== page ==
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the culturally specic and to the global context of contemporary gay and lesbian Arabs and Muslims? In other words, should Western labels for homosexuality and lesbianism be simply used and appropriated by the Arab and Muslim gay and lesbian community, or should the latter not endeavor to nd its own meaningful voicewhich in this early twenty-rst century can only be both local and globalthat is truly hybrid?

ARTICULATIONS OF QUEER SEXUALITIES IN ARABIC


A quick review of prevailing terms referring to lesbianism and homosexuality reveals a dearth of vocabulary in Arabic denoting the sexual identity or gender orientation of gays, lesbians, and transgendered Arabs. Equally important, the terminology that continues to circulate in Arabic to this day remains negative, derogatory, and judgmental. While homosexuals and lesbians use an underground lingo to invoke their sexuality, their expressions are little known among heterosexuals, and because of the vital need to protect their anonymity, this lingo remains for the most part concealed, unexplored, and unindexed until today (Bareed Mista3Jil , 2009, p. 6). This means that, often, Arab gays and lesbians who are struggling to come out in the Arab world not only feel extremely socially lonely and isolated, but they also do not even have the most basic linguistic tools to name what they are feeling or thinking. As a matter of fact, several lesbians in Bareed Mista3Jil report that, initially, their biggest impediment to understanding their sexual attraction to other women was the fact that they did not even know how to label what they felt. One of them writes: Growing up, I dont remember ever using the word gay or lesbian. In fact, I dont remember using any term to describe homosexuality. I didnt even know that louti[sic] meant faggot; I assumed it was just another curse word (Bareed Mista3Jil , 2009, p. 161). Many do not learn the term lesbian until their late teens or twenties, through the media (Western), or when speaking to a psychologist. One of the challenges of this present study has been precisely to learn and compile a glossary of commonly used Arabic words for lesbianism and homosexuality. My research thus far has revealed that the Arabic words customarily used for a male homosexual continue to be: Sh adh: pervert . : from the story of Lot in the Quran Lut Khawal : originally, a male transvestite dancer who was considered to be a respectable substitute for female dancers in the nineteenth century; today, the term is used to refer to an effeminate man Mukhannath: An effeminate man Walad biskilitta (Egyptian Arabic): literally, a bicycle boy, an image of sexual behavior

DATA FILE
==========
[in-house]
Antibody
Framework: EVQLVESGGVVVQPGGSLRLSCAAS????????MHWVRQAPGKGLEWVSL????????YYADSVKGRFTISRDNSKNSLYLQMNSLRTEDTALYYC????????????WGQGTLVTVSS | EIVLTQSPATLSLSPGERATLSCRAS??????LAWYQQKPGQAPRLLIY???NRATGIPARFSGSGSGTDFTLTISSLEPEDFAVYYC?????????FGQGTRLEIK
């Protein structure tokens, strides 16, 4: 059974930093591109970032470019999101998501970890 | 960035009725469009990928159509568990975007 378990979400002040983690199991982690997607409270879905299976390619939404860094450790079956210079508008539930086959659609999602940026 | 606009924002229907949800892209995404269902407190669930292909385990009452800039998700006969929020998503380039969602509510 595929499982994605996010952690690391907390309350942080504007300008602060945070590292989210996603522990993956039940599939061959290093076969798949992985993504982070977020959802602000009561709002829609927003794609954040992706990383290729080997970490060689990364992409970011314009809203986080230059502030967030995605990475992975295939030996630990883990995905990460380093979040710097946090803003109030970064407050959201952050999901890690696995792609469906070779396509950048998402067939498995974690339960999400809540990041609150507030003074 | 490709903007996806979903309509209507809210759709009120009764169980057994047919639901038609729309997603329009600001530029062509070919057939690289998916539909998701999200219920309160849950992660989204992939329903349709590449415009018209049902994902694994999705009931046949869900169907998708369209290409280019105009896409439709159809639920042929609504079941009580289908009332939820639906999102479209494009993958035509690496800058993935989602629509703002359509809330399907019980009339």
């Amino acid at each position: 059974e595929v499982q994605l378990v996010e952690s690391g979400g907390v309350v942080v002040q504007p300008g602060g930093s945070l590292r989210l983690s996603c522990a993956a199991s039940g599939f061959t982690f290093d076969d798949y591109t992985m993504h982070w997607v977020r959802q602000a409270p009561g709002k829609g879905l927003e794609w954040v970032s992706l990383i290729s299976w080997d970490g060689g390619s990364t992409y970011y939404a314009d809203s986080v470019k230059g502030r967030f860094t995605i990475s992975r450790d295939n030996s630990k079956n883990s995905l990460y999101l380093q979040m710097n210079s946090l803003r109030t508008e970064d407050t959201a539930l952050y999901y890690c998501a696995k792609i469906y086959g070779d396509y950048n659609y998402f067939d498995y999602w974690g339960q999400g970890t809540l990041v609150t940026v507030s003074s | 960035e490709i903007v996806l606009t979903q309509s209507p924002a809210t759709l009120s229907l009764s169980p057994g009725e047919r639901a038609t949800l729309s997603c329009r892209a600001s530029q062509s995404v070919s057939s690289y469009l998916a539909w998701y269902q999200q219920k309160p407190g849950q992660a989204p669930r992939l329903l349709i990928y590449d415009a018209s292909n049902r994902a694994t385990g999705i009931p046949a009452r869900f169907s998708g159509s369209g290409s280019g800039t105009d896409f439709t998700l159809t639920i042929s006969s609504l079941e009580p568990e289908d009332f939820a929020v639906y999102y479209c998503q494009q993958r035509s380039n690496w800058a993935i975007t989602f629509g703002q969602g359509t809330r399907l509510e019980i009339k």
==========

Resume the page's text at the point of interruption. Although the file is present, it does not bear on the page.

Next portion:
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(Moroccan Arabic): literally, a person who feels deeply, an effem H . assass inate man t . abaj (Lebanese Arabic): someone who bends over (to be fucked) Biyinik (Lebanese Arabic): literally, a person who gets fucked, a passive homosexual (Lebanese Arabic): literally, someone who makes use of his Biyshaghil t z . .u ass As for lesbians, the most commonly used Arabic words are the female version of some of the male terms just cited, such as: Sh adha: Feminine form of sh adh i Lut . . iyya: Feminine form of lut
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But also: Suh . aqiyya (from the verb sah . q, to grind, a metaphor for lesbian sexual behavior): A woman who has sex by grinding Qa`r`ala qa`r (Egyptian Arabic): Literally ass over ass Dhakar : A male Sharmut . a: A whore Mistarjil : A person who behaves like a man Ikht el rijel (Lebanese Arabic): Literally, sister of men; this term refers to butch women; it is used as a compliment Hasan sab i (Lebanese Arabic): Tomboy3 All of these terms are slang and vulgar, and they are regularly used in a disparaging manner by much of Arab society. In fact, the Arabic terms used to refer to lesbians do not just describe a nonnormative, unacceptable sexuality, but they are also associated with other misconceptions that Arab society often has about lesbians, namely, women who are addicted to drugs and alcohol and who are promiscuous (hence the use of the term sharmut . a, or prostitute).4 Not surprisingly, the labels for lesbian and their xed negative meanings are the rst hurdle that Arab lesbians must confront when they attempt to proclaim and assert their gender orientation and sexual identity. The rst story in Bareed Mista3Jil addresses this issue squarely:
Lesbian is such an ugly word to me. It makes me cringeespecially the French version that is more often used in Lebanon lesbienne (with an elongated ieeeen). Ugh. Even worse was the word dyke. But its still all good compared to sou7aqiyyeh. That one really makes me want to vomit. I dont know if its the word itself, or the meaning associated with it, that horrible disgusting image of lesbians in peoples minds was entrenched in my mind too for so long [. . .]. So, I couldnt call myself a

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lesbian. I refused to [. . .]. I was always angry when gay women had to be referred to as lesbians. (Bareed Mista3Jill , 2009, p. 34)5